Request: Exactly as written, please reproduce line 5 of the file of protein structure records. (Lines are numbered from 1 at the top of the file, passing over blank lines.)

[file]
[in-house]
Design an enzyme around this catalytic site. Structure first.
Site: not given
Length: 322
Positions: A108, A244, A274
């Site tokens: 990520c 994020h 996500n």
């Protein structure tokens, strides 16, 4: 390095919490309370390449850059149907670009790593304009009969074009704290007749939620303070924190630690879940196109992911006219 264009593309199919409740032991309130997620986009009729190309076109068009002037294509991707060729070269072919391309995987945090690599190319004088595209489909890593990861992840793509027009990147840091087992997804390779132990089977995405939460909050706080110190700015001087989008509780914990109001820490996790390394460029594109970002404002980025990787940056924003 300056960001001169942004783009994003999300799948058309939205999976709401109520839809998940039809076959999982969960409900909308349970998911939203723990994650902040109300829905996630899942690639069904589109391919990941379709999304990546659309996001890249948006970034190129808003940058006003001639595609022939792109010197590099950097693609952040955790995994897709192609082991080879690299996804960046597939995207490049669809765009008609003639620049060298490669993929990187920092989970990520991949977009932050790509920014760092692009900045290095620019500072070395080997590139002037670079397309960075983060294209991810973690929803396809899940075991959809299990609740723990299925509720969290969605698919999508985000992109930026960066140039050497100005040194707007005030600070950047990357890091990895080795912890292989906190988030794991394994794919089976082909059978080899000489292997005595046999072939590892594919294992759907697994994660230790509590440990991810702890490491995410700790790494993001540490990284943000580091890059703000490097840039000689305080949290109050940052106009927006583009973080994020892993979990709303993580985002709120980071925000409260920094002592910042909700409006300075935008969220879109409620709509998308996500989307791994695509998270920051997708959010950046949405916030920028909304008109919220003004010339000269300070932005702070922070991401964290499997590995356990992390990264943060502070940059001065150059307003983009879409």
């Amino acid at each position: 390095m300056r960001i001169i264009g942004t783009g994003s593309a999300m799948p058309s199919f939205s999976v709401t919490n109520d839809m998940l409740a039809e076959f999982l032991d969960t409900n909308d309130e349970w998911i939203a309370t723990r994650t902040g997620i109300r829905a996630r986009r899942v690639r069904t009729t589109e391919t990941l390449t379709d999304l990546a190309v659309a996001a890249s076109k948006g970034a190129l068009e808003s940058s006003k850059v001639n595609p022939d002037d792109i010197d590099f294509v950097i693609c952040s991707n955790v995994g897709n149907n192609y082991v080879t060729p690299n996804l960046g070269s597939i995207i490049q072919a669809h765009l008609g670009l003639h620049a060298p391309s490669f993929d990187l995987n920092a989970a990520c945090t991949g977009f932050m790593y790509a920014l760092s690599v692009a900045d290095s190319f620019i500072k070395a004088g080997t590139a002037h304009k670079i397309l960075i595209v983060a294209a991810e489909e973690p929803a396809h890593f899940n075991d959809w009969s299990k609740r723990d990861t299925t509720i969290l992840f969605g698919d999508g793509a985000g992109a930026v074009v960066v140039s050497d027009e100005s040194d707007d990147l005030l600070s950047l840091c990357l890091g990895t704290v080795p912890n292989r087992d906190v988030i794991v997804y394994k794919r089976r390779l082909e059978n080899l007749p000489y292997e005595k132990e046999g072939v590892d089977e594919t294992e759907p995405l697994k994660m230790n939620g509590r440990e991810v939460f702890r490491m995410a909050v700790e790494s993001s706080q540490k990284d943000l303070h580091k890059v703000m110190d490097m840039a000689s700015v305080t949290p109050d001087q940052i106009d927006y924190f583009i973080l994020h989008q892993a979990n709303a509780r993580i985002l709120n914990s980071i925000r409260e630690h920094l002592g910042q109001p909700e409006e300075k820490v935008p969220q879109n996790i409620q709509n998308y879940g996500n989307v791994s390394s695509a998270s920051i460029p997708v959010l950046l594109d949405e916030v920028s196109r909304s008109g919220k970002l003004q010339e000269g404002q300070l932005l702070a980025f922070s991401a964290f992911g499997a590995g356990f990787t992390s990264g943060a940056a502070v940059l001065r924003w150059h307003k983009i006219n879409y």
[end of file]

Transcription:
Positions: A108, A244, A274